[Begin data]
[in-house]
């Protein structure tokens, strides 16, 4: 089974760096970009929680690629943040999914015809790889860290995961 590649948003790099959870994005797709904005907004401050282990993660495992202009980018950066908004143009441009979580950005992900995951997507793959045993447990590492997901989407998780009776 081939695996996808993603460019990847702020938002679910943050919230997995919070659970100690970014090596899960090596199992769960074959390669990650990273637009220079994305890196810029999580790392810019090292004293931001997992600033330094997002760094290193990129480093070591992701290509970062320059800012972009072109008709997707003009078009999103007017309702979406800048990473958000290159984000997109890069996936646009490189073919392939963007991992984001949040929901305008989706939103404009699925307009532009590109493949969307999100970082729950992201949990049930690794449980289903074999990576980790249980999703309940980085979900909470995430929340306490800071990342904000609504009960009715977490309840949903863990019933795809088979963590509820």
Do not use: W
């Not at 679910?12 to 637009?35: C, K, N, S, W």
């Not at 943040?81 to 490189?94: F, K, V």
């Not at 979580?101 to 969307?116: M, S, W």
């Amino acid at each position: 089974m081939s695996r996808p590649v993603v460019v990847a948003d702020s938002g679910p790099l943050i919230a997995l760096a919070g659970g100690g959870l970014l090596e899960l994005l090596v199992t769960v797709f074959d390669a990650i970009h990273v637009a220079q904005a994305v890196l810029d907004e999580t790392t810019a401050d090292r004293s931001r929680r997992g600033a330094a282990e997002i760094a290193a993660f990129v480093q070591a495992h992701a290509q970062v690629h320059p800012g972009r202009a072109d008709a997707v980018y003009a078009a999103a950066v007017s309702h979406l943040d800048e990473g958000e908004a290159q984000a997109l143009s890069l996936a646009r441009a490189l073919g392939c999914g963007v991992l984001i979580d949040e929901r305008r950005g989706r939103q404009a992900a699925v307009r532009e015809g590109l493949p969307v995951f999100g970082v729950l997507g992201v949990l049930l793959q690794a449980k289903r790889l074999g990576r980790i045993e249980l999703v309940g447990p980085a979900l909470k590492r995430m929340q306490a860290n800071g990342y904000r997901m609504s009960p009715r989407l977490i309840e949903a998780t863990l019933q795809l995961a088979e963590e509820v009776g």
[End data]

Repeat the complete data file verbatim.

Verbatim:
[in-house]
């Protein structure tokens, strides 16, 4: 089974760096970009929680690629943040999914015809790889860290995961 590649948003790099959870994005797709904005907004401050282990993660495992202009980018950066908004143009441009979580950005992900995951997507793959045993447990590492997901989407998780009776 081939695996996808993603460019990847702020938002679910943050919230997995919070659970100690970014090596899960090596199992769960074959390669990650990273637009220079994305890196810029999580790392810019090292004293931001997992600033330094997002760094290193990129480093070591992701290509970062320059800012972009072109008709997707003009078009999103007017309702979406800048990473958000290159984000997109890069996936646009490189073919392939963007991992984001949040929901305008989706939103404009699925307009532009590109493949969307999100970082729950992201949990049930690794449980289903074999990576980790249980999703309940980085979900909470995430929340306490800071990342904000609504009960009715977490309840949903863990019933795809088979963590509820």
Do not use: W
């Not at 679910?12 to 637009?35: C, K, N, S, W």
């Not at 943040?81 to 490189?94: F, K, V």
């Not at 979580?101 to 969307?116: M, S, W």
């Amino acid at each position: 089974m081939s695996r996808p590649v993603v460019v990847a948003d702020s938002g679910p790099l943050i919230a997995l760096a919070g659970g100690g959870l970014l090596e899960l994005l090596v199992t769960v797709f074959d390669a990650i970009h990273v637009a220079q904005a994305v890196l810029d907004e999580t790392t810019a401050d090292r004293s931001r929680r997992g600033a330094a282990e997002i760094a290193a993660f990129v480093q070591a495992h992701a290509q970062v690629h320059p800012g972009r202009a072109d008709a997707v980018y003009a078009a999103a950066v007017s309702h979406l943040d800048e990473g958000e908004a290159q984000a997109l143009s890069l996936a646009r441009a490189l073919g392939c999914g963007v991992l984001i979580d949040e929901r305008r950005g989706r939103q404009a992900a699925v307009r532009e015809g590109l493949p969307v995951f999100g970082v729950l997507g992201v949990l049930l793959q690794a449980k289903r790889l074999g990576r980790i045993e249980l999703v309940g447990p980085a979900l909470k590492r995430m929340q306490a860290n800071g990342y904000r997901m609504s009960p009715r989407l977490i309840e949903a998780t863990l019933q795809l995961a088979e963590e509820v009776g």